When memes cross the line, Singapore's top searches this year and an Instagram glitch
CHOOSING TO BE KIND
Social media can often be, well, plain unsociable.
Possibly every second, someone shares a funny meme without sparing a thought for how the feelings of the people being depicted may be wounded.
The issue was brought into sharp focus last Sunday when anti-cyber bullying activist Lizzie Velasquez decided to take a stand.
She posted a photo on Facebook, converted into a meme, of herself standing next to a tree, with text that read: "Michael said he would meet me behind this tree for a bit of fun. He's running late, would someone please tag him and tell him I'm still waiting?"
The "joke" here was that 27-year-old Velasquez, who suffers from various conditions that affect her appearance, is so painfully thin and unattractive that no one would want "a bit of fun" with her.
Unfortunately, that would pass as humour in some Internet circles.
In her post, which has attracted more than 235,000 likes, comments and shares, Velasquez says she is not speaking up as a victim, but as someone who chooses to use her voice to remind others that innocent people are affected when their photos are used in a mean-spirited way.
"I wouldn't wish it on my worst enemy. No matter what we look like or what size we are, at the end of the day we are all human," she said in her post of the incident.
"I ask that you keep that in mind the next time you see a viral meme of a random stranger."
The post drew hundreds of comments.
Among them was a reply from Velasquez's mother Rita, who said the image hurt her "beyond words", but she stands with her daughter to spread love instead.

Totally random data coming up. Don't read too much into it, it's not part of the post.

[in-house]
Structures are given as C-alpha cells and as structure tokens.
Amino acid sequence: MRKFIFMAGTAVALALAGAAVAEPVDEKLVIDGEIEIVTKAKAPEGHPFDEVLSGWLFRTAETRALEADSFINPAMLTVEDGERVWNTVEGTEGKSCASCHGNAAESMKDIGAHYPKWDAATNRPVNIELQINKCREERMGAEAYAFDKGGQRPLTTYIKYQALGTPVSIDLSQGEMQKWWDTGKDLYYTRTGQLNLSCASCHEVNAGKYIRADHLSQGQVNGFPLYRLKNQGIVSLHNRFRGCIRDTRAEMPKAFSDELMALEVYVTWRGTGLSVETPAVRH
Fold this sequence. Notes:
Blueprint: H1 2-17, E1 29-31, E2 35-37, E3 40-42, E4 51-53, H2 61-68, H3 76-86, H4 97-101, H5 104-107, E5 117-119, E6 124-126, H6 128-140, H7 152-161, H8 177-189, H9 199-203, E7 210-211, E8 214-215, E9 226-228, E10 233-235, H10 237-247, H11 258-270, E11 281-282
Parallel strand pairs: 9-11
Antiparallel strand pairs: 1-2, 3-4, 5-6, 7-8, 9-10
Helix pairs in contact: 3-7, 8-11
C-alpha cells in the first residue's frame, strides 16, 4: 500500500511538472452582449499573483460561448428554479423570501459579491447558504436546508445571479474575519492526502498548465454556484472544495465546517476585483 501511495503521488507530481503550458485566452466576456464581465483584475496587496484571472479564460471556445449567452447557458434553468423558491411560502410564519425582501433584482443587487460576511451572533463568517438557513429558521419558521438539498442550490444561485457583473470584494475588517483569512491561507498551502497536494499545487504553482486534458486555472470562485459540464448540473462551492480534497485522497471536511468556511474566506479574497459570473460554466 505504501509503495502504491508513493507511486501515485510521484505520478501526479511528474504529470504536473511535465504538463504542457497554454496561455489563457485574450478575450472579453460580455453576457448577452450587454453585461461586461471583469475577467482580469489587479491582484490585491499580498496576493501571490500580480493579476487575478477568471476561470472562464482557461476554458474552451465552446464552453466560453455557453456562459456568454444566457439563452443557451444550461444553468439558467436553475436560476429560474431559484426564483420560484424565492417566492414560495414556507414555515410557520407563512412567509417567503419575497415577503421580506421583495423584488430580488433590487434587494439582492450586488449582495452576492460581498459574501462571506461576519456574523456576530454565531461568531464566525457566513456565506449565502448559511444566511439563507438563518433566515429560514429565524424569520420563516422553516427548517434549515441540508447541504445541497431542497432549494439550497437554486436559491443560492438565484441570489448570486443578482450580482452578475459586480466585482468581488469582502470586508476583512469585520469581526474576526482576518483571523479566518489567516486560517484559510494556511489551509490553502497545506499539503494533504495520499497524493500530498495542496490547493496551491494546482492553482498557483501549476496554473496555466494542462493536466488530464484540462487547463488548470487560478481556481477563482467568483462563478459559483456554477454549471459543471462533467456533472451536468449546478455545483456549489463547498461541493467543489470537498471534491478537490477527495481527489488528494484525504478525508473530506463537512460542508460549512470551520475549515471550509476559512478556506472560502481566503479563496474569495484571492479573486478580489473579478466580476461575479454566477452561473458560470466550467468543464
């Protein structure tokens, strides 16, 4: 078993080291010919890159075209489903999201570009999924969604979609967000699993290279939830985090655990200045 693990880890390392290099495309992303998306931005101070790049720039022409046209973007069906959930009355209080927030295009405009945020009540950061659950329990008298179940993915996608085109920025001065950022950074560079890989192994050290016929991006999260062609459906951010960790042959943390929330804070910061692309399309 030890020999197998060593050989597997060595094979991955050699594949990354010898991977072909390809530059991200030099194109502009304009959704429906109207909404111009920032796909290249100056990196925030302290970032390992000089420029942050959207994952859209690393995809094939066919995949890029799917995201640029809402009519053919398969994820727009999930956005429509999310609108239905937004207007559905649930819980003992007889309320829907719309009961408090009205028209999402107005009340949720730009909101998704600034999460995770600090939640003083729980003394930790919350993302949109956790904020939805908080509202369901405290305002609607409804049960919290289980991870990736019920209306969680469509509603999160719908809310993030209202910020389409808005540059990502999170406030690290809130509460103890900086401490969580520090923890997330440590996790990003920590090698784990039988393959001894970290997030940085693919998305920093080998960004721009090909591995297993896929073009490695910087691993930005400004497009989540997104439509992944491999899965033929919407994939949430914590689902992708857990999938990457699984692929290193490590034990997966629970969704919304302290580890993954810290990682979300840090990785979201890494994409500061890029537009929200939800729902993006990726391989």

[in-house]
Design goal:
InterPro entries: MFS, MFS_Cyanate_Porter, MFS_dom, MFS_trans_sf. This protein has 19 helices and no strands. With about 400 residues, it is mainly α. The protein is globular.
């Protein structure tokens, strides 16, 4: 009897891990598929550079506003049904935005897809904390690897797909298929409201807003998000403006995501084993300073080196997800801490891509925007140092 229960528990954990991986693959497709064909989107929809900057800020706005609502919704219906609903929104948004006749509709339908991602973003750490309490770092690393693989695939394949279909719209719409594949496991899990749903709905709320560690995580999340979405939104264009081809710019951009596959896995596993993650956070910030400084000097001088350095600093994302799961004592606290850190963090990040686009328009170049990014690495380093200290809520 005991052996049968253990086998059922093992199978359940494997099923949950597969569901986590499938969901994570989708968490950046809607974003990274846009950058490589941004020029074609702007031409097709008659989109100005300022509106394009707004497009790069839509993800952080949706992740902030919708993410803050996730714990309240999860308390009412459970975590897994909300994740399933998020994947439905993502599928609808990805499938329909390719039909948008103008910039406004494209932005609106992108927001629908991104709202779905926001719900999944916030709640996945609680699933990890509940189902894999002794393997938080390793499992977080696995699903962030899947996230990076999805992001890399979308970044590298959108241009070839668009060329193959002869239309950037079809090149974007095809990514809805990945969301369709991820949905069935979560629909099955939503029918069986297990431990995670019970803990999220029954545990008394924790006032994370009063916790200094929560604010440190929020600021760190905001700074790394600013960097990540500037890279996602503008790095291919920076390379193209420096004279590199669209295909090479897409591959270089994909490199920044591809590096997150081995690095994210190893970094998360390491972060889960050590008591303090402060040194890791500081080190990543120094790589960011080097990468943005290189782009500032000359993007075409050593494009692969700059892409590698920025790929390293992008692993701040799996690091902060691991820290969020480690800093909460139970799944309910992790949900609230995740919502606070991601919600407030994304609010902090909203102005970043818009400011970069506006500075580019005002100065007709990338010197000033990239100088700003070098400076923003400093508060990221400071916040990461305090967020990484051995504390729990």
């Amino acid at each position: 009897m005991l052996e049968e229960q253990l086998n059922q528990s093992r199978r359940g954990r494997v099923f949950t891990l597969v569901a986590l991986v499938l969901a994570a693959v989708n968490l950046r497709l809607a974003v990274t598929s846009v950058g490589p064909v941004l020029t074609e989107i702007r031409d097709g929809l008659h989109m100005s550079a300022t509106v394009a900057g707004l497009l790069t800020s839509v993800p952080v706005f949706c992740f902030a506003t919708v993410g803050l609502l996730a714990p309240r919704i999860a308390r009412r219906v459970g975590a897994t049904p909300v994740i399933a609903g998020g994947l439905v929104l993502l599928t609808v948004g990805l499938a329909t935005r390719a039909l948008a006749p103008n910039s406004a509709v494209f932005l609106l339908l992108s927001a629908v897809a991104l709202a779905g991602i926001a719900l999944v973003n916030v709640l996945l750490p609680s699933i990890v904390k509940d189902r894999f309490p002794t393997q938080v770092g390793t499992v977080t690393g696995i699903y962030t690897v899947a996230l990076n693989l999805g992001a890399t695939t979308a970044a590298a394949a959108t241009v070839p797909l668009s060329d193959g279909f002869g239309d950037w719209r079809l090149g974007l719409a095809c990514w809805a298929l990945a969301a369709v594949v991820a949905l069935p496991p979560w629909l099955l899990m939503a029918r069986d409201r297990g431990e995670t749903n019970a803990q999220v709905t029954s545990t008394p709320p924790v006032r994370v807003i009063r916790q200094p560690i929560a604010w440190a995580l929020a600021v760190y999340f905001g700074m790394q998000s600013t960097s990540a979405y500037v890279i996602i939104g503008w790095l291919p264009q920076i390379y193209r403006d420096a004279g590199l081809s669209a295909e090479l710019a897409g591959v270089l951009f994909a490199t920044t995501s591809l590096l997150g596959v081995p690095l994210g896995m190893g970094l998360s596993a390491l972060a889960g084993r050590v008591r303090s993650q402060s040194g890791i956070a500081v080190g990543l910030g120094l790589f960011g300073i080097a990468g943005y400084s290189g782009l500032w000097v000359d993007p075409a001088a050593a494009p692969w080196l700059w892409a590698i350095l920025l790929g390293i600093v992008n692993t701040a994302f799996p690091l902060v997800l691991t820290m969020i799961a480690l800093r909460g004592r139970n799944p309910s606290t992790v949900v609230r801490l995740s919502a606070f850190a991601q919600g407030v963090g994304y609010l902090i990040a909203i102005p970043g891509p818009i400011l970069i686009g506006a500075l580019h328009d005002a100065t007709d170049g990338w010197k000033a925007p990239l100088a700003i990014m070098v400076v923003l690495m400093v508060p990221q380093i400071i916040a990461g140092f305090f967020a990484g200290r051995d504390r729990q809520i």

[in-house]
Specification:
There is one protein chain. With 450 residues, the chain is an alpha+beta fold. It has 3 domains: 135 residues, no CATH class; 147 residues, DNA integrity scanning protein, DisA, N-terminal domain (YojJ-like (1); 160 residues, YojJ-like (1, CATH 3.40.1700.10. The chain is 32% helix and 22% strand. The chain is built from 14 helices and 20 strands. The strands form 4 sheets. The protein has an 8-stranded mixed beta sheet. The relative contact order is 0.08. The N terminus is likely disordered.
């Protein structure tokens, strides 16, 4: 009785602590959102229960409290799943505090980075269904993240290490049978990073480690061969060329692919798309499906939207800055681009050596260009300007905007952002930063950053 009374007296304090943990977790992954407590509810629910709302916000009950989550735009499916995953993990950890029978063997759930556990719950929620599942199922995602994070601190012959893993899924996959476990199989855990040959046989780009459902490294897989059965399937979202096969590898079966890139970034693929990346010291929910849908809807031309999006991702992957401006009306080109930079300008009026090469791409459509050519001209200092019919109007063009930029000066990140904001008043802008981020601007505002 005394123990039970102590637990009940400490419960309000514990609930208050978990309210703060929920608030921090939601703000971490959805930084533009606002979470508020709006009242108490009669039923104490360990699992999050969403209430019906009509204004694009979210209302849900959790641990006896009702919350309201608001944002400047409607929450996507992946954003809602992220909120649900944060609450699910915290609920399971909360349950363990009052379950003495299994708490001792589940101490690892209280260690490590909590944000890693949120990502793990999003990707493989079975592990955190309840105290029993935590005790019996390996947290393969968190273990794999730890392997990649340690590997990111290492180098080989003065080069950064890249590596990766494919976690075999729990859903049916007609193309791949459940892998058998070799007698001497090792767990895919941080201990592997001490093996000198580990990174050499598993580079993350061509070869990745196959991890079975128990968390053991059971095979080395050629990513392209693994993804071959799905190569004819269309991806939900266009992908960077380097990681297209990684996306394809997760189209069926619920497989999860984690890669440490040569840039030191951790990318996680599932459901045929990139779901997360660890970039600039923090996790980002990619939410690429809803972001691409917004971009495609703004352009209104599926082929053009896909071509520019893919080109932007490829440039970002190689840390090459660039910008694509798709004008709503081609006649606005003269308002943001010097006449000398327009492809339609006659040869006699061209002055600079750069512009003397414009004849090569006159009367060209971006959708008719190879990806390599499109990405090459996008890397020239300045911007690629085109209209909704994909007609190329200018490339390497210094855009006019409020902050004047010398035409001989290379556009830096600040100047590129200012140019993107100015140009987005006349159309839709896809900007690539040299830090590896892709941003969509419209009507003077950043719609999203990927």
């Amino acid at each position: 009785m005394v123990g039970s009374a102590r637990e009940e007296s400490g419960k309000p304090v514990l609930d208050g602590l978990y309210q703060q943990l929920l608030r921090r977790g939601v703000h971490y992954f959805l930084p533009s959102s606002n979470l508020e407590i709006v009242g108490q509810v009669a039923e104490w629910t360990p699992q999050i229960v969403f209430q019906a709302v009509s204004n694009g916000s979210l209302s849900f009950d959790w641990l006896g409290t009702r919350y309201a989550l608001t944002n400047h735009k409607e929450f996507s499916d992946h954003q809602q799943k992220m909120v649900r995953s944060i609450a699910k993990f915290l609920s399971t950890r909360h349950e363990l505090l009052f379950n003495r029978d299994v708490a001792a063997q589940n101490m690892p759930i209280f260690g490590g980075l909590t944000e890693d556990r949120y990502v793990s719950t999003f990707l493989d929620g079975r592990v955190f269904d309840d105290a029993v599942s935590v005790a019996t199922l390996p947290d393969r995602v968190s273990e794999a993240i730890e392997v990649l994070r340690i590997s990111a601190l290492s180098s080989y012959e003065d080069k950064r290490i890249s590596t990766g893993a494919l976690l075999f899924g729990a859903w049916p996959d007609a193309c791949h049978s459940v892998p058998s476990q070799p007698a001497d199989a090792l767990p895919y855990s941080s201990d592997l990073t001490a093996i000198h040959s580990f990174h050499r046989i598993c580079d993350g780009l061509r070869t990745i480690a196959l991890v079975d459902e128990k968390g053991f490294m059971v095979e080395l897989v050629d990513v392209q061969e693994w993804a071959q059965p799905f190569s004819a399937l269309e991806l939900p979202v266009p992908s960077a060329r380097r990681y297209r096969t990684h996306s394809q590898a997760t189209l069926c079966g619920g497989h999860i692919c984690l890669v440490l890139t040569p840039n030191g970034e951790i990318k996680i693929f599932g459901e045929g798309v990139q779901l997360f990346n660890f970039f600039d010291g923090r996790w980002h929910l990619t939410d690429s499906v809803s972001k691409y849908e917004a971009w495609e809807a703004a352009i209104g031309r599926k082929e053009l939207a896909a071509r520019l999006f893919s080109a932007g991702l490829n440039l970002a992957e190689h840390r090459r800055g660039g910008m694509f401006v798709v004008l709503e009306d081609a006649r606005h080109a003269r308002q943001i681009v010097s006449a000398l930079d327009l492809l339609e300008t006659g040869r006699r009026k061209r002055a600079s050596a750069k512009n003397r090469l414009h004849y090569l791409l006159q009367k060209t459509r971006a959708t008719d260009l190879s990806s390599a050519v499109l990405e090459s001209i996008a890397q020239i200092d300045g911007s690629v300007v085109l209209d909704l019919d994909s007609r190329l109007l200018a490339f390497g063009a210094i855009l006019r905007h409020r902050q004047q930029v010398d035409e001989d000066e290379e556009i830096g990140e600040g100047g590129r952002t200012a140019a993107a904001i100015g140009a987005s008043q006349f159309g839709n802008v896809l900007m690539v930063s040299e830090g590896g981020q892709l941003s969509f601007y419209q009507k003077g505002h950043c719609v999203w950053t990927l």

#ROGUEONE: The latest instalment of the epic American space opera that is Star Wars was one of the top Twitter searches last week. The response to the movie has been largely positive.
#SUPERMARIORUN: The game is exclusive to the Apple iOS for now. Twitter users were so excited about the release that they started sharing the screenshot of the game's landing page in the app store.
RUNNING MAN: The South Korean variety show that is popular in Singapore will end in February next year, with several stars booted out of the show without prior notice.
Another reply came from Facebook user Michael Mendieta, who said: "Which tree do I find (sic) Lizzie so I can give her a huge hug?"
Velasquez is no stranger to being at the receiving end of mean comments and jokes.
In 2006, when she was 17, a YouTube video labelled her as the "world's ugliest woman".
People she had never met called her a monster, asked her to go kill herself and said her parents should have aborted her.
Instead of letting these devastate her, she has become a motivational speaker and author.
In 2013, she gave a talk on how she created her own definitions of beauty and happiness.
She was also featured in a 2015 documentary about her journey from cyber bullying victim to anti-bullying activist.
Velasquez's story exposed a long line of memes targeted at those deemed by the online mob to be ugly or undesirably different.
Earlier this month, even the picture of a terminally ill three-year-old toddler, Grayson Smith, was turned into a meme.